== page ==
Iron Man 3, on the other hand, has some pointed and potent critique of American exceptionalism, imperialism, and capitalism. Consider the film’s most controversial element, that being the twist involving the Mandarin (Ben Kingsley). It’s revealed two-thirds of the way through that the terrorist mastermind who has ostensibly been the film’s villain is actually Trevor Slattery, a British stage actor hired by Aldrich Killian (Guy Pearce) to play the Mandarin in several threatening videos. Killian, a wealthy entrepreneur, plans to goad the United States into military action and benefit financially as a military contractor. So we have a rich white American capitalist who invents a vaguely Middle-Eastern terrorist caricature meant to draw the country’s fire while he sells them bullets. At one point, Tony (Robert Downey Jr.) asks his computer JARVIS (Paul Bettany) to locate the source of the Mandarin’s broadcasts, listing off a bunch of possible locations in the Middle East. When JARVIS responds that the signal is coming from Miami, Tony assumes that it’s a mistake. Meanwhile, James Rhodes (Don Cheadle), once known as War Machine but newly rebranded as Iron Patriot (and we’ll get into that in a minute), invades Pakistan to hunt the Mandarin down. Meanwhile, Killian lives the high life in the States, protected by ethnic privilege.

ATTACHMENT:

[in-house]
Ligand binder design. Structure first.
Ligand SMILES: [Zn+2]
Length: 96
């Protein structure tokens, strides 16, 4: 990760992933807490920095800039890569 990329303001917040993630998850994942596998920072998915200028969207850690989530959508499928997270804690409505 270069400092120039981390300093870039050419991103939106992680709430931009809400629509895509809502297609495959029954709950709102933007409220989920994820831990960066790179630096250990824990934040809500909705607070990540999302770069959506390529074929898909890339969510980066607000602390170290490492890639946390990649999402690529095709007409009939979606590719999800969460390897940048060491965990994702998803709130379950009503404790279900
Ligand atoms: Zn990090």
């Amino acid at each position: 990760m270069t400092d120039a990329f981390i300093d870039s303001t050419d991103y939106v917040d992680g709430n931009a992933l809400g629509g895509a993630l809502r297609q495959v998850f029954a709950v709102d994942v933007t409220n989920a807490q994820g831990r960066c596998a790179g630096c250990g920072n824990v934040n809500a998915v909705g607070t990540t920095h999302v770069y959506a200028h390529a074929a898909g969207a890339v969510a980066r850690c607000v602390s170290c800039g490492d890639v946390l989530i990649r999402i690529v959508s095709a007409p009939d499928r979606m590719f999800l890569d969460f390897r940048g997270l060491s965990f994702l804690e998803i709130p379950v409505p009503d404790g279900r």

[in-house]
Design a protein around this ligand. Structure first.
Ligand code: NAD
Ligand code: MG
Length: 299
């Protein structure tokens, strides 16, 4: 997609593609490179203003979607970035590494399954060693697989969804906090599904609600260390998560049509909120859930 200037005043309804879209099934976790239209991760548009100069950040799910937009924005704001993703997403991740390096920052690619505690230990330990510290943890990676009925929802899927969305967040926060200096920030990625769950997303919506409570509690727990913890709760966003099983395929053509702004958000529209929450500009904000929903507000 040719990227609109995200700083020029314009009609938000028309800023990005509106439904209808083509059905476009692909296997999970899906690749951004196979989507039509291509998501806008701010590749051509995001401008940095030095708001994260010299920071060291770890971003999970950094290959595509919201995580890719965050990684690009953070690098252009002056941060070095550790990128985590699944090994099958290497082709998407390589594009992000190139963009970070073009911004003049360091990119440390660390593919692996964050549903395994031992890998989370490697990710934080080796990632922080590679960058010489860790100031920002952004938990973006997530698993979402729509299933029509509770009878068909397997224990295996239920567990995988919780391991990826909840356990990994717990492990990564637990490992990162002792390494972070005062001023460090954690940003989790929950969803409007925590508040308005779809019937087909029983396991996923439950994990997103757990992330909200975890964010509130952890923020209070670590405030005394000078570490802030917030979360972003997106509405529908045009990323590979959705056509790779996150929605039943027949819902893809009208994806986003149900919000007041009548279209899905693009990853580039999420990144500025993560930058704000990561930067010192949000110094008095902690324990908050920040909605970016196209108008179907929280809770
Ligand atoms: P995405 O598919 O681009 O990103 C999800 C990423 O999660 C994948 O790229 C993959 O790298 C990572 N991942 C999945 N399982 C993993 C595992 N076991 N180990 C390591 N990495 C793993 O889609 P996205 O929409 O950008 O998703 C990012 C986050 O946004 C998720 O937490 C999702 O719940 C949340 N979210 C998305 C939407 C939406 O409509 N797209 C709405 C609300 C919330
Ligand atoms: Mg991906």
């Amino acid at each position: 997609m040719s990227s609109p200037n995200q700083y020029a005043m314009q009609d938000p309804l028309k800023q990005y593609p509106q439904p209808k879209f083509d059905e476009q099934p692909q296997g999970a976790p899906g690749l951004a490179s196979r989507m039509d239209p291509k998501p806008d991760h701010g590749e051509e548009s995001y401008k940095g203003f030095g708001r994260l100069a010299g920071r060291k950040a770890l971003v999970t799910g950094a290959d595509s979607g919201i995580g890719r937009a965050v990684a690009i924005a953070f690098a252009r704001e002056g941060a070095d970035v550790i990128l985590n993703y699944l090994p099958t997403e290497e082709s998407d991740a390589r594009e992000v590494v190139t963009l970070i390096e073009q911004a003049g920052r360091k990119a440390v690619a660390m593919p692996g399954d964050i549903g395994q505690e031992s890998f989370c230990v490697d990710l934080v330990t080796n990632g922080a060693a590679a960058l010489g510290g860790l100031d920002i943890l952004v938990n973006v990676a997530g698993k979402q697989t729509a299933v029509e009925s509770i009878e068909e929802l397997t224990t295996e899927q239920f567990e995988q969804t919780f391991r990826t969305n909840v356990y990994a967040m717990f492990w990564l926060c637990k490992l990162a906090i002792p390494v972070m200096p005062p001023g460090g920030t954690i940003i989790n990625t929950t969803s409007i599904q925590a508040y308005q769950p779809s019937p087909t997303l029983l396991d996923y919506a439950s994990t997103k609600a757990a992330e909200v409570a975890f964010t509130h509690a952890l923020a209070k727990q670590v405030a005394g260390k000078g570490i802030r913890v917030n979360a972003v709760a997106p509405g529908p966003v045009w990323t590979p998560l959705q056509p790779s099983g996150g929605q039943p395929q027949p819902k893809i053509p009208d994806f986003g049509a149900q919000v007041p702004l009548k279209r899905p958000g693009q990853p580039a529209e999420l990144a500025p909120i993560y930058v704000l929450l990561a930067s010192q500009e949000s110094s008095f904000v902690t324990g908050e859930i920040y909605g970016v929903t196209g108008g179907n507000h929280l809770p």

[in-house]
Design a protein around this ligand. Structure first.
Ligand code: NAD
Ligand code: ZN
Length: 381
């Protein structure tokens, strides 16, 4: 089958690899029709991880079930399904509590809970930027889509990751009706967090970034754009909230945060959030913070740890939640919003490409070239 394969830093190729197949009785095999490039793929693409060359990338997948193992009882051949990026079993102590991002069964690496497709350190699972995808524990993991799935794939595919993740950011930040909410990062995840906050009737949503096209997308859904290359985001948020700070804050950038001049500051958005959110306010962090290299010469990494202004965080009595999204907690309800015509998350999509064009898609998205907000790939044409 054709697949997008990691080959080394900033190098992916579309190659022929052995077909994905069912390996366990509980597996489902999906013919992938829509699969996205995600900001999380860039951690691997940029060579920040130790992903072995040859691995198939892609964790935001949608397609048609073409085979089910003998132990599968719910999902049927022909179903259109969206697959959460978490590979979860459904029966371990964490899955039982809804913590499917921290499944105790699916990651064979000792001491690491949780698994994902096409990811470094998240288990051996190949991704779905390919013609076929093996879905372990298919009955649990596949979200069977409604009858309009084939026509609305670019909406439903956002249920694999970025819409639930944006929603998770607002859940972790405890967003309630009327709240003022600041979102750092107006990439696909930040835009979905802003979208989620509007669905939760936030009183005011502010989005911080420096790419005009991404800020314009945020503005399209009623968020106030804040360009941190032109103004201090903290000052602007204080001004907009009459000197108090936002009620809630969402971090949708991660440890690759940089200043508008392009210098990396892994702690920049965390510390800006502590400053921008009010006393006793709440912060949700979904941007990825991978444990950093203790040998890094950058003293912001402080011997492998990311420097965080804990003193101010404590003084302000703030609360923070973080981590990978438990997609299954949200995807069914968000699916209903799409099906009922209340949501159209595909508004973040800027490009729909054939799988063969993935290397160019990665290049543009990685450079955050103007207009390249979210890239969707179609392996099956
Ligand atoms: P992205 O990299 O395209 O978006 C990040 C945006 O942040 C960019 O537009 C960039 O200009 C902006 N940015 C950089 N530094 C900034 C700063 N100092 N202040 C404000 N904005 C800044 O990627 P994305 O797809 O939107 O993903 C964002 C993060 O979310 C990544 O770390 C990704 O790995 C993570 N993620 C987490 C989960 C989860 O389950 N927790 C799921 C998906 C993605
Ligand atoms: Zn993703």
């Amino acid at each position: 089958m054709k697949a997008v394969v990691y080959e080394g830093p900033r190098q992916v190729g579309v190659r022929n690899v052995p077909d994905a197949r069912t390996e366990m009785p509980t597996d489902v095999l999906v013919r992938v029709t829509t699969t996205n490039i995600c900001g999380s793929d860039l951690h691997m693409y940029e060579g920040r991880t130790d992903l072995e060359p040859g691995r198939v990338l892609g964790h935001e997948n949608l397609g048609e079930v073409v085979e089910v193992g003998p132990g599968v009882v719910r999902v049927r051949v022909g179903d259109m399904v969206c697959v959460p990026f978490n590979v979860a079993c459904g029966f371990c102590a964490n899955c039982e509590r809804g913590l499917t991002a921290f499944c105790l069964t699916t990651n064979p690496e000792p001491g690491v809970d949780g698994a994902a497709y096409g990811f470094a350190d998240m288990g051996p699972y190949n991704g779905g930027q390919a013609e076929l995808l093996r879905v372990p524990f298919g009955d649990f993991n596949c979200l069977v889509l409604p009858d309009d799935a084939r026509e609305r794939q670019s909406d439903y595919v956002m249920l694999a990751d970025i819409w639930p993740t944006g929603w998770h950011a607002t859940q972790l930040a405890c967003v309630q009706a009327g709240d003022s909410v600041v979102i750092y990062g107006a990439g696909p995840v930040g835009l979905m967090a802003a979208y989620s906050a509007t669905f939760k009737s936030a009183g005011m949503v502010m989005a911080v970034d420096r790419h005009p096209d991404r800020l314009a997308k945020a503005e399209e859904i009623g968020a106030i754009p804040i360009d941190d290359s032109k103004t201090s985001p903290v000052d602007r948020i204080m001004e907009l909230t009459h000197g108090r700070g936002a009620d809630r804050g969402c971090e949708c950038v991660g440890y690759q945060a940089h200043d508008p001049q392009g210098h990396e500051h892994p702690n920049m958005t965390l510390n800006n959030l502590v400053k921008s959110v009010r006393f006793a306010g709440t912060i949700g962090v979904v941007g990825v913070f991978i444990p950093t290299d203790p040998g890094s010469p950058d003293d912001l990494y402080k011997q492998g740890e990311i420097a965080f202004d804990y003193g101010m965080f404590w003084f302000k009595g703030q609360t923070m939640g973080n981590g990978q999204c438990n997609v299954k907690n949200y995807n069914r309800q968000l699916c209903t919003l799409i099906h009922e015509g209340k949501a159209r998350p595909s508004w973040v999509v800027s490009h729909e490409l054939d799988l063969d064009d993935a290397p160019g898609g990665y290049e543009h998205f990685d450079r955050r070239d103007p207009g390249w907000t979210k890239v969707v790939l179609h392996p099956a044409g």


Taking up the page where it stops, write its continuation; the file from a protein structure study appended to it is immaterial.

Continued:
The villain of Iron Man 3 recycles the stereotypical iconography of Middle Eastern terrorists and lets American citizens fill in the blanks, using their own anti-Arab anxieties to distract them from the evil in their own midst, the evil that operates within the bounds of the nation’s capitalist structure. It’s one of the only post-9/11 blockbusters I can think of that dares to challenge America’s presumption of righteousness in global affairs. It doesn’t pull any punches, either; a large part of Killian’s scheme involves turning American war veterans into human bombs, detonating in the sort of suicide attacks that are typically associated with organizations like Al Qaeda. That is a brutally unpatriotic thing for a Hollywood film to depict, especially in a franchise with a character named Captain America. And then you have War Machine, who gets a red-white-and-blue paint job and is renamed Iron Patriot. The American government has literally taken a war machine and made it acceptable by appealing to jingoism. It’s not subtle, but as Killian says at one point, “Subtlety’s kinda had its day.”